I enjoy Bob photos. (Really, you ask?!) Besides just admiring Bob, it is a great pleasure to identify a photo as being one of a particular sitting. The photo below always seemed to be one of a kind, knew nothing about it, didn't know who took the photo or when it was taken. Initially I thought it was taken on a set for Fast and Loose since there is a rounded bookcase used in the movie. However, the next time I saw part of the movie, I realized the bookcase is different from this one. Ah, schucks. Back to square one.
Then I obtained this photo. Hey, it's the same tie, always a good way to identify a photo. And the books in the background are the same as in the photo above. Gotta be from the same photo shoot.
And taking it one step further, the use of shadow on Bob's face reminded me of this gorgeous photo by M. B. Paul, who worked for Columbia pictures. It was taken in 1941 for use in the publicity campaign for Mr. & Mrs. Smith. Yup, same tie and jacket. The use of shadowing prevalent in all three photos. Same sitting, three great photos. (For the record, I've seen an original of the middle photo. My copy is a bit washed-out, the jacket is way too light. I'm sure Mr. Paul's photos were a challenge to print.)
Paul's photos are very flattering of the 37-year-old Montgomery. Wish he had worked for MGM, really nice work.
Bob was associated with Lucky Strikes cigarettes from the early 1930s to and including the first years of his Robert Montgomery Presents television show. He also did ads for Coco-Cola in the 1930s and Elgin watches in the 1940s. Certainly nothing wrong with celebrity endorsements, but an ad for the Imperial Wall Paper Co., well......I'm not sure that was a great fit for Mr. Montgomery. I hope it at least covered the cost of re-decorating his dressing room!
May your dream of romance come true. Me, well, my husband and I will be together ... driving to pick up my car from the garage. Actually, he did suggest lunch and a movie on Wednesday, to avoid the crowds. "Romance" simply evolves over the years.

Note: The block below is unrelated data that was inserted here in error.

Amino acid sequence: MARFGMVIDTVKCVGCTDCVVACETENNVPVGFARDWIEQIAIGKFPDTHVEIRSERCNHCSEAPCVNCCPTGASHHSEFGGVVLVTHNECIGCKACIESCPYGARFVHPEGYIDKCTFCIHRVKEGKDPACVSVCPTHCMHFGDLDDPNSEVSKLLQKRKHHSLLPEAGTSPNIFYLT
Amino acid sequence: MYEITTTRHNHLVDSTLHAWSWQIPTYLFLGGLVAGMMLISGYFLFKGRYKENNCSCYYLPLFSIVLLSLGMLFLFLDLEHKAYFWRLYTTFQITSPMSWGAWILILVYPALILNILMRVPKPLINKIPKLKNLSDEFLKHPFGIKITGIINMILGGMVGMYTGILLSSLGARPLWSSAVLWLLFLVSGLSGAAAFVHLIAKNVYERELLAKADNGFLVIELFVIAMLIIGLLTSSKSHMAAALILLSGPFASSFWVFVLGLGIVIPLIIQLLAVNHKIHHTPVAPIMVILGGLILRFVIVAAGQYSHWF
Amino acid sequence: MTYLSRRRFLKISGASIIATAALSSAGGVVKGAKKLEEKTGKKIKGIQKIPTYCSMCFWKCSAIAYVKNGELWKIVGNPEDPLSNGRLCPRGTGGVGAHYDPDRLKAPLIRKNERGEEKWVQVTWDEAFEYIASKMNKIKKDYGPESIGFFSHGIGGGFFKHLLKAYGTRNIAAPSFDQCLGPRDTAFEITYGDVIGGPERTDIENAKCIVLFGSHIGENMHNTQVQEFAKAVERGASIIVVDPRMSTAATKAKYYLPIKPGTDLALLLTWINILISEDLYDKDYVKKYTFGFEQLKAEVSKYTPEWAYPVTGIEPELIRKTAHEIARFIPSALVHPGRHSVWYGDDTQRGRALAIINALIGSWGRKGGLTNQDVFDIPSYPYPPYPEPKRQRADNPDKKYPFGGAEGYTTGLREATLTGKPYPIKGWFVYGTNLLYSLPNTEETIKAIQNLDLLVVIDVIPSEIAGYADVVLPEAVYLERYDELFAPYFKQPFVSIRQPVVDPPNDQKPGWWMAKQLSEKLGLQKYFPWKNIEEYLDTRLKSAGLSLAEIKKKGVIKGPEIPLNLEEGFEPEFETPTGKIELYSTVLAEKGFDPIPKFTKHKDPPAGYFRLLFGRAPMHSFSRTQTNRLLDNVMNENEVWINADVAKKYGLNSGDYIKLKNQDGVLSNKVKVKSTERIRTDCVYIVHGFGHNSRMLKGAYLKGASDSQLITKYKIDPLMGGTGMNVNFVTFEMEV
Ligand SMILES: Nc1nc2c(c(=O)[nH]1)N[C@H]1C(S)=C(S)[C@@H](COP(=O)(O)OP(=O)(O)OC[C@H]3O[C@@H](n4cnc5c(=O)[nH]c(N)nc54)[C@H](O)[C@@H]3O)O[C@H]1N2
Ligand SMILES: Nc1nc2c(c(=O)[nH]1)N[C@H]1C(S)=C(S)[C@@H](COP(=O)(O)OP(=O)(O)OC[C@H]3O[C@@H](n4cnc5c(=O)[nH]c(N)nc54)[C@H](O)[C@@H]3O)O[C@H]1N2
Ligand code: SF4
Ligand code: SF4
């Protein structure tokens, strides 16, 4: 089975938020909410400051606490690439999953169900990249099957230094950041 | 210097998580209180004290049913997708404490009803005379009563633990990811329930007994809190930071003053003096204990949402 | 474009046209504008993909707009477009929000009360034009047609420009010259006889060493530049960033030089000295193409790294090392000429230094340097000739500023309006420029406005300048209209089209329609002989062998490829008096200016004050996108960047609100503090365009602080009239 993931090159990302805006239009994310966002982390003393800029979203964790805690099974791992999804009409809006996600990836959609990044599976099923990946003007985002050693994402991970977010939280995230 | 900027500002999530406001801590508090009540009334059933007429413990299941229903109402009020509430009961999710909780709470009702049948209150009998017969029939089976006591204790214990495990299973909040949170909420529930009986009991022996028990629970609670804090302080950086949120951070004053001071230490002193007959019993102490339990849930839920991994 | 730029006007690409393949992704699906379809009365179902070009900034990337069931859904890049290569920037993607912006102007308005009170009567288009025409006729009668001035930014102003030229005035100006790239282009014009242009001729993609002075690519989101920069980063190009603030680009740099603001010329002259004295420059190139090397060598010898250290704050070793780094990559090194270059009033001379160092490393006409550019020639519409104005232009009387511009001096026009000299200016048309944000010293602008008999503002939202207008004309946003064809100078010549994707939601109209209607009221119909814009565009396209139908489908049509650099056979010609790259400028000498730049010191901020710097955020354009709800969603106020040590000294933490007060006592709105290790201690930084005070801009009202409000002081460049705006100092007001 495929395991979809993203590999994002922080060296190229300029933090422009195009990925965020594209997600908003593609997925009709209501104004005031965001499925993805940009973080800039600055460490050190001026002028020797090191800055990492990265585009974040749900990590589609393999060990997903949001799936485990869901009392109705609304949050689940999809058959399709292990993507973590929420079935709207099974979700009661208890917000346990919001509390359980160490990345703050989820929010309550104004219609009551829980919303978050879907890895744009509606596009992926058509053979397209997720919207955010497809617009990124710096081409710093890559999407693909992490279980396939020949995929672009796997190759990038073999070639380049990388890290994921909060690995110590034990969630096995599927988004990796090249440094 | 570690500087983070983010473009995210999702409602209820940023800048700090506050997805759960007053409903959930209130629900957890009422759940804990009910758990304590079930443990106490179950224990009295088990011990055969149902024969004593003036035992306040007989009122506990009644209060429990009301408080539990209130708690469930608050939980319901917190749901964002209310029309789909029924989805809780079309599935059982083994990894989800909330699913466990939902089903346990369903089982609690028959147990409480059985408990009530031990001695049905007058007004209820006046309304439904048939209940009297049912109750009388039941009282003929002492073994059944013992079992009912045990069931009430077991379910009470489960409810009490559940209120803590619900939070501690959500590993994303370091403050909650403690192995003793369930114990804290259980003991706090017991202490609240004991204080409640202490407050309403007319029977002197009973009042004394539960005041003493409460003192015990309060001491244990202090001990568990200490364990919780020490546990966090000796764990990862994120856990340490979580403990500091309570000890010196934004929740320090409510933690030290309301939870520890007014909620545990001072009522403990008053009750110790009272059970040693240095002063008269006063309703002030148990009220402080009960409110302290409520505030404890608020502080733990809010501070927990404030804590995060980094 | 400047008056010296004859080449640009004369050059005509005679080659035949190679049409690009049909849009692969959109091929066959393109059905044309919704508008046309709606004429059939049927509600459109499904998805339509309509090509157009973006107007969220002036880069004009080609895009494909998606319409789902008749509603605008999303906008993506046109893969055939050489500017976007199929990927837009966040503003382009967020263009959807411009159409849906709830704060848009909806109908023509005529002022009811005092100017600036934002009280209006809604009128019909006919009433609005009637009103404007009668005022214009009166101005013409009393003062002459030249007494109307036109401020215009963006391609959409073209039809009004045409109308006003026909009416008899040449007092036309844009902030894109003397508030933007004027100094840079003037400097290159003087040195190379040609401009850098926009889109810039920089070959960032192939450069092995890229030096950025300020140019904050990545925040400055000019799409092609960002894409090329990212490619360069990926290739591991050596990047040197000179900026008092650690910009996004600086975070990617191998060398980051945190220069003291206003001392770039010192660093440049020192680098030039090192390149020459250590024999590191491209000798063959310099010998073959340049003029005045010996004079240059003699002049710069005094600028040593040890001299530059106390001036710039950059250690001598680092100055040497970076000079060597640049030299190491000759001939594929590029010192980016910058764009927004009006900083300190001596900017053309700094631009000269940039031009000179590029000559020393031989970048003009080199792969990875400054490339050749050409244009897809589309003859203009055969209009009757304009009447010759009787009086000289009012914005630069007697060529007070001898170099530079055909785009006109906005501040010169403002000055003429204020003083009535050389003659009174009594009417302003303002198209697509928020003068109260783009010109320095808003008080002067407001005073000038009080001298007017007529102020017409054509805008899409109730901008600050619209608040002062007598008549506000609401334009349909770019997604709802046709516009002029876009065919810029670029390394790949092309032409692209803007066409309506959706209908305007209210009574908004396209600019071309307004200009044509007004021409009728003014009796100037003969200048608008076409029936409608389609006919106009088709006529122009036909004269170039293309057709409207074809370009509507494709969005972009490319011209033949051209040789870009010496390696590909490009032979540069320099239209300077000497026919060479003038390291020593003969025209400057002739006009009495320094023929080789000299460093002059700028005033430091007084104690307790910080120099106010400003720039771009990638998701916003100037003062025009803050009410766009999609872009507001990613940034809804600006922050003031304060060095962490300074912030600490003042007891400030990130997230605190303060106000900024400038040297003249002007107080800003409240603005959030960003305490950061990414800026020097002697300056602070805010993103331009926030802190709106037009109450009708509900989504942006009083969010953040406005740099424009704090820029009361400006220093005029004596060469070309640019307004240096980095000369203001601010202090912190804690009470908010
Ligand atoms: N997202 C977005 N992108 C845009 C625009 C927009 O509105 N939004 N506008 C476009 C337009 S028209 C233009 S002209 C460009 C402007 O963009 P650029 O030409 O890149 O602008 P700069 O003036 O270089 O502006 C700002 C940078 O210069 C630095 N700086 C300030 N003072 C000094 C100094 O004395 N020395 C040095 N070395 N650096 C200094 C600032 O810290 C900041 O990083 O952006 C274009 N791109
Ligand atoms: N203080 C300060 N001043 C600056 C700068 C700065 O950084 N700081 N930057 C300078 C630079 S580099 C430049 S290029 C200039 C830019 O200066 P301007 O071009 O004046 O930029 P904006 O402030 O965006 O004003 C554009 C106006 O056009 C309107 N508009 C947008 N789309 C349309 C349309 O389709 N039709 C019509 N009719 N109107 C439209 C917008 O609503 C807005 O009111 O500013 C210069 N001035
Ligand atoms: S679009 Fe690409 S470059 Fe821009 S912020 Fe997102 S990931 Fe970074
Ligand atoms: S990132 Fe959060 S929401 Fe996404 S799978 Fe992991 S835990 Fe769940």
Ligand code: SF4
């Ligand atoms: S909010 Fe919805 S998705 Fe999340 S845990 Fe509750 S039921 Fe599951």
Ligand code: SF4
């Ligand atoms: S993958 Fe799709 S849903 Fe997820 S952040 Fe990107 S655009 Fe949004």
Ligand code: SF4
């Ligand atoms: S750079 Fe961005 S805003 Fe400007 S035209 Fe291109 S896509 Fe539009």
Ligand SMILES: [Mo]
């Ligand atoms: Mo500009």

Our Mr. Montgomery was indeed a multi-talented performer, mastering all from the stage to television. Actor, director, producer ... he did it all, including singing in his earlier movies. However, seeing his photo on the cover of a 45 rpm is rather strange. One would not have expected a 50-year-old Bob to enter the music business, particularly not in the "rocking" 1950s.
And he didn't, really. This record was no doubt a promo for his show with a limited production and distribution. Of course if he had really wanted to... I mean, 1955 is the year that had Georgia Gibbs' "Tweedle Dee" at No. 16 on the charts and Fess Parker's "The Ballad of David Crockett" at No. 22. We're not talking about any stiff competition here. Now, if I could just locate the 45 adapter for my record player ...
Bea Lillie was a very, very funny lady. I remember her from The Jack Paar Show (Hey, I was a very precocious movie/TV fan!) She must have been a pure joy on the stage. One can only imagine the 'flipper' jokes she had in this play ...
Beatrice Lillie in the stage play Inside U.S.A. (1948)
Hoagy Carmichael has, as of 2016, 327 soundtrack credits listed on IMDB. There will be more, his music is wonderfully timeless. Hoagy was in a handful of movies, usually playing the piano player. I don't think Mr. Carmichael found this to be very exciting.
Hoagy Carmichael in Canyon Passage (1946)
In the early 1930s, Jack Oakie was a highly successful comedic actor. He starred in one of the funniest movies ever made, Million Dollar Legs (1932). Andy Devine mastered the role as the funny sidekick in many a western. I do not remember seeing That's the Spirit, but I am sure the two pros were superb, as always.
Andy Devine and Jack Oakie in That's the Spirit (1945)
I was trying for smiles here. If you smiled even once, my day has been made!